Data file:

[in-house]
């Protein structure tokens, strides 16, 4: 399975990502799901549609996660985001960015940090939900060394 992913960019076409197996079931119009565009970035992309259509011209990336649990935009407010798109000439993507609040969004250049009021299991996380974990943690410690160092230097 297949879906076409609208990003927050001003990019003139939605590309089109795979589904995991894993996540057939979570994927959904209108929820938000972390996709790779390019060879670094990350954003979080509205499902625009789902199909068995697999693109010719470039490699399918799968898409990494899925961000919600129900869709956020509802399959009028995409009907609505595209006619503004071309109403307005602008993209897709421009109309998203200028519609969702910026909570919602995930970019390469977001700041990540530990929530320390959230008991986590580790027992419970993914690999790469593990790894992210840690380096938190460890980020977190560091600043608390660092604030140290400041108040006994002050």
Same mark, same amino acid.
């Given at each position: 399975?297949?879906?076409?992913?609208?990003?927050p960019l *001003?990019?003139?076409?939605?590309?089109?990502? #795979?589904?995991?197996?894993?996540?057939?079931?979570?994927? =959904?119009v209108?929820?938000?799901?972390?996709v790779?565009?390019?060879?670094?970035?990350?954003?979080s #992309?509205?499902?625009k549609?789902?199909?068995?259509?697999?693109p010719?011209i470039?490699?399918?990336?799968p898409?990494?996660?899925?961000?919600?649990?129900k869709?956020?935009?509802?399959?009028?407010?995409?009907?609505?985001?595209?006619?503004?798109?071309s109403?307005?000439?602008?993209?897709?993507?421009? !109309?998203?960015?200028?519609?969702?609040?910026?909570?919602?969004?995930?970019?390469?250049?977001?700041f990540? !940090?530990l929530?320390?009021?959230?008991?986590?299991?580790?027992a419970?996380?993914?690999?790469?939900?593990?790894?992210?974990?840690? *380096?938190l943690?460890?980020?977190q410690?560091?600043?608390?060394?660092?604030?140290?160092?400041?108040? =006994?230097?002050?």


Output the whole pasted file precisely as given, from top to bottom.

[in-house]
């Protein structure tokens, strides 16, 4: 399975990502799901549609996660985001960015940090939900060394 992913960019076409197996079931119009565009970035992309259509011209990336649990935009407010798109000439993507609040969004250049009021299991996380974990943690410690160092230097 297949879906076409609208990003927050001003990019003139939605590309089109795979589904995991894993996540057939979570994927959904209108929820938000972390996709790779390019060879670094990350954003979080509205499902625009789902199909068995697999693109010719470039490699399918799968898409990494899925961000919600129900869709956020509802399959009028995409009907609505595209006619503004071309109403307005602008993209897709421009109309998203200028519609969702910026909570919602995930970019390469977001700041990540530990929530320390959230008991986590580790027992419970993914690999790469593990790894992210840690380096938190460890980020977190560091600043608390660092604030140290400041108040006994002050």
Same mark, same amino acid.
């Given at each position: 399975?297949?879906?076409?992913?609208?990003?927050p960019l *001003?990019?003139?076409?939605?590309?089109?990502? #795979?589904?995991?197996?894993?996540?057939?079931?979570?994927? =959904?119009v209108?929820?938000?799901?972390?996709v790779?565009?390019?060879?670094?970035?990350?954003?979080s #992309?509205?499902?625009k549609?789902?199909?068995?259509?697999?693109p010719?011209i470039?490699?399918?990336?799968p898409?990494?996660?899925?961000?919600?649990?129900k869709?956020?935009?509802?399959?009028?407010?995409?009907?609505?985001?595209?006619?503004?798109?071309s109403?307005?000439?602008?993209?897709?993507?421009? !109309?998203?960015?200028?519609?969702?609040?910026?909570?919602?969004?995930?970019?390469?250049?977001?700041f990540? !940090?530990l929530?320390?009021?959230?008991?986590?299991?580790?027992a419970?996380?993914?690999?790469?939900?593990?790894?992210?974990?840690? *380096?938190l943690?460890?980020?977190q410690?560091?600043?608390?060394?660092?604030?140290?160092?400041?108040? =006994?230097?002050?």